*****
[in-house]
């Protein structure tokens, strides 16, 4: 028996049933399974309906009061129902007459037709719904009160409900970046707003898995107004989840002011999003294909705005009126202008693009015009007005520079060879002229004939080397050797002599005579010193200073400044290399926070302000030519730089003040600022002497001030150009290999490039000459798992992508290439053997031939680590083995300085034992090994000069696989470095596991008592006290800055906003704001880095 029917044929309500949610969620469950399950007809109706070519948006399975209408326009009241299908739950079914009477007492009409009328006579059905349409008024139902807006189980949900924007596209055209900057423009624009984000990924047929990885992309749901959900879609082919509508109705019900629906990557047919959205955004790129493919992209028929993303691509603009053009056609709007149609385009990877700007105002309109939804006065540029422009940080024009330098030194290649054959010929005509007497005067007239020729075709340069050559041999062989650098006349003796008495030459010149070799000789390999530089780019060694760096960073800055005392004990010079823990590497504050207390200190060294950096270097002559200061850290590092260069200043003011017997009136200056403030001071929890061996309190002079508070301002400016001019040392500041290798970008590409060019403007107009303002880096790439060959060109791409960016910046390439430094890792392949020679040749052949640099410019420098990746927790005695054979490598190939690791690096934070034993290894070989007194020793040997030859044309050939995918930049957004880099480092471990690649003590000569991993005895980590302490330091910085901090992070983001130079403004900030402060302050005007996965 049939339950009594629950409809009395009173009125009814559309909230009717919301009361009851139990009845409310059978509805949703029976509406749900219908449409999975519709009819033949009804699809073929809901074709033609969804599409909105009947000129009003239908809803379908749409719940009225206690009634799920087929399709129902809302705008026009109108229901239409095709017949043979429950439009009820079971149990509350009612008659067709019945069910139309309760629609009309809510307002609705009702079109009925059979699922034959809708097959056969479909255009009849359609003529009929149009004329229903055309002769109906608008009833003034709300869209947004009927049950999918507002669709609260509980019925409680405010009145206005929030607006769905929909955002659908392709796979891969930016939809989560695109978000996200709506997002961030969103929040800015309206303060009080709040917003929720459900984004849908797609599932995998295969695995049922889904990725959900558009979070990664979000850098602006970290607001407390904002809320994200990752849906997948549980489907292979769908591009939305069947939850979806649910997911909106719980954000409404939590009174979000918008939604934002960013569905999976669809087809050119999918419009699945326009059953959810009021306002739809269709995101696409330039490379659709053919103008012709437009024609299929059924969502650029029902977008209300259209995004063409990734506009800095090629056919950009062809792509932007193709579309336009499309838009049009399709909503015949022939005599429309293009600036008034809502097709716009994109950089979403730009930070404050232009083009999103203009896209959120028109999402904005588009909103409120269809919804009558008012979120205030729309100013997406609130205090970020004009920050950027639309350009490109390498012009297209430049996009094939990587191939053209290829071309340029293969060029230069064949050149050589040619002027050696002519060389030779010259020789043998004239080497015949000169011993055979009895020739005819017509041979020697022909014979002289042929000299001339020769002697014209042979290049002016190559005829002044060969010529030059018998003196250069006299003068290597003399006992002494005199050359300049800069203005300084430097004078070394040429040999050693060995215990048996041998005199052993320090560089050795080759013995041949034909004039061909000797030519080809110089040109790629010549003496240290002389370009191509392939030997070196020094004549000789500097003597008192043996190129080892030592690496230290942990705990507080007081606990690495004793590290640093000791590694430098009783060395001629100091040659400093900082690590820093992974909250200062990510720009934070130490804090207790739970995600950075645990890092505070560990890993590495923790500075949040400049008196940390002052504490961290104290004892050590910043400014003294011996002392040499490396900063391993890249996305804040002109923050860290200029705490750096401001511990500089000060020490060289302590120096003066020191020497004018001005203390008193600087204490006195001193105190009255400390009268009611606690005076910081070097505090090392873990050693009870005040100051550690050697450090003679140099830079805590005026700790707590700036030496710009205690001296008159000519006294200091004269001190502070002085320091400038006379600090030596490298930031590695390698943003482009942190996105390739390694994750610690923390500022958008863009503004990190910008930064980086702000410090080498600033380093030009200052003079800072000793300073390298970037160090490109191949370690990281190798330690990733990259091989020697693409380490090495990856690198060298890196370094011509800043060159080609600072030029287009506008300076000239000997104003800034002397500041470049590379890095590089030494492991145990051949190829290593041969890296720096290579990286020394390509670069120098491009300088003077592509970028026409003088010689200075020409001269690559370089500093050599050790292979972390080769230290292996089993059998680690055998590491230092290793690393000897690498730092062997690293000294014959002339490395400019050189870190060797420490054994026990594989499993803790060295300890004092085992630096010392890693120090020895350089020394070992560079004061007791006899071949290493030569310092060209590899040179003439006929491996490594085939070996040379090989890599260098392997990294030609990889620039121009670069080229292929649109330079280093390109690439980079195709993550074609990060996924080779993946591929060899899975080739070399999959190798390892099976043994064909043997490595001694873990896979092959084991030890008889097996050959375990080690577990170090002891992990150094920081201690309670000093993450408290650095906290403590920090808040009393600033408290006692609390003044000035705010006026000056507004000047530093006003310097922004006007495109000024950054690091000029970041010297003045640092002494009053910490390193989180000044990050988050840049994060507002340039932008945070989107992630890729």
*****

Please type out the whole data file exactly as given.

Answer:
[in-house]
């Protein structure tokens, strides 16, 4: 028996049933399974309906009061129902007459037709719904009160409900970046707003898995107004989840002011999003294909705005009126202008693009015009007005520079060879002229004939080397050797002599005579010193200073400044290399926070302000030519730089003040600022002497001030150009290999490039000459798992992508290439053997031939680590083995300085034992090994000069696989470095596991008592006290800055906003704001880095 029917044929309500949610969620469950399950007809109706070519948006399975209408326009009241299908739950079914009477007492009409009328006579059905349409008024139902807006189980949900924007596209055209900057423009624009984000990924047929990885992309749901959900879609082919509508109705019900629906990557047919959205955004790129493919992209028929993303691509603009053009056609709007149609385009990877700007105002309109939804006065540029422009940080024009330098030194290649054959010929005509007497005067007239020729075709340069050559041999062989650098006349003796008495030459010149070799000789390999530089780019060694760096960073800055005392004990010079823990590497504050207390200190060294950096270097002559200061850290590092260069200043003011017997009136200056403030001071929890061996309190002079508070301002400016001019040392500041290798970008590409060019403007107009303002880096790439060959060109791409960016910046390439430094890792392949020679040749052949640099410019420098990746927790005695054979490598190939690791690096934070034993290894070989007194020793040997030859044309050939995918930049957004880099480092471990690649003590000569991993005895980590302490330091910085901090992070983001130079403004900030402060302050005007996965 049939339950009594629950409809009395009173009125009814559309909230009717919301009361009851139990009845409310059978509805949703029976509406749900219908449409999975519709009819033949009804699809073929809901074709033609969804599409909105009947000129009003239908809803379908749409719940009225206690009634799920087929399709129902809302705008026009109108229901239409095709017949043979429950439009009820079971149990509350009612008659067709019945069910139309309760629609009309809510307002609705009702079109009925059979699922034959809708097959056969479909255009009849359609003529009929149009004329229903055309002769109906608008009833003034709300869209947004009927049950999918507002669709609260509980019925409680405010009145206005929030607006769905929909955002659908392709796979891969930016939809989560695109978000996200709506997002961030969103929040800015309206303060009080709040917003929720459900984004849908797609599932995998295969695995049922889904990725959900558009979070990664979000850098602006970290607001407390904002809320994200990752849906997948549980489907292979769908591009939305069947939850979806649910997911909106719980954000409404939590009174979000918008939604934002960013569905999976669809087809050119999918419009699945326009059953959810009021306002739809269709995101696409330039490379659709053919103008012709437009024609299929059924969502650029029902977008209300259209995004063409990734506009800095090629056919950009062809792509932007193709579309336009499309838009049009399709909503015949022939005599429309293009600036008034809502097709716009994109950089979403730009930070404050232009083009999103203009896209959120028109999402904005588009909103409120269809919804009558008012979120205030729309100013997406609130205090970020004009920050950027639309350009490109390498012009297209430049996009094939990587191939053209290829071309340029293969060029230069064949050149050589040619002027050696002519060389030779010259020789043998004239080497015949000169011993055979009895020739005819017509041979020697022909014979002289042929000299001339020769002697014209042979290049002016190559005829002044060969010529030059018998003196250069006299003068290597003399006992002494005199050359300049800069203005300084430097004078070394040429040999050693060995215990048996041998005199052993320090560089050795080759013995041949034909004039061909000797030519080809110089040109790629010549003496240290002389370009191509392939030997070196020094004549000789500097003597008192043996190129080892030592690496230290942990705990507080007081606990690495004793590290640093000791590694430098009783060395001629100091040659400093900082690590820093992974909250200062990510720009934070130490804090207790739970995600950075645990890092505070560990890993590495923790500075949040400049008196940390002052504490961290104290004892050590910043400014003294011996002392040499490396900063391993890249996305804040002109923050860290200029705490750096401001511990500089000060020490060289302590120096003066020191020497004018001005203390008193600087204490006195001193105190009255400390009268009611606690005076910081070097505090090392873990050693009870005040100051550690050697450090003679140099830079805590005026700790707590700036030496710009205690001296008159000519006294200091004269001190502070002085320091400038006379600090030596490298930031590695390698943003482009942190996105390739390694994750610690923390500022958008863009503004990190910008930064980086702000410090080498600033380093030009200052003079800072000793300073390298970037160090490109191949370690990281190798330690990733990259091989020697693409380490090495990856690198060298890196370094011509800043060159080609600072030029287009506008300076000239000997104003800034002397500041470049590379890095590089030494492991145990051949190829290593041969890296720096290579990286020394390509670069120098491009300088003077592509970028026409003088010689200075020409001269690559370089500093050599050790292979972390080769230290292996089993059998680690055998590491230092290793690393000897690498730092062997690293000294014959002339490395400019050189870190060797420490054994026990594989499993803790060295300890004092085992630096010392890693120090020895350089020394070992560079004061007791006899071949290493030569310092060209590899040179003439006929491996490594085939070996040379090989890599260098392997990294030609990889620039121009670069080229292929649109330079280093390109690439980079195709993550074609990060996924080779993946591929060899899975080739070399999959190798390892099976043994064909043997490595001694873990896979092959084991030890008889097996050959375990080690577990170090002891992990150094920081201690309670000093993450408290650095906290403590920090808040009393600033408290006692609390003044000035705010006026000056507004000047530093006003310097922004006007495109000024950054690091000029970041010297003045640092002494009053910490390193989180000044990050988050840049994060507002340039932008945070989107992630890729």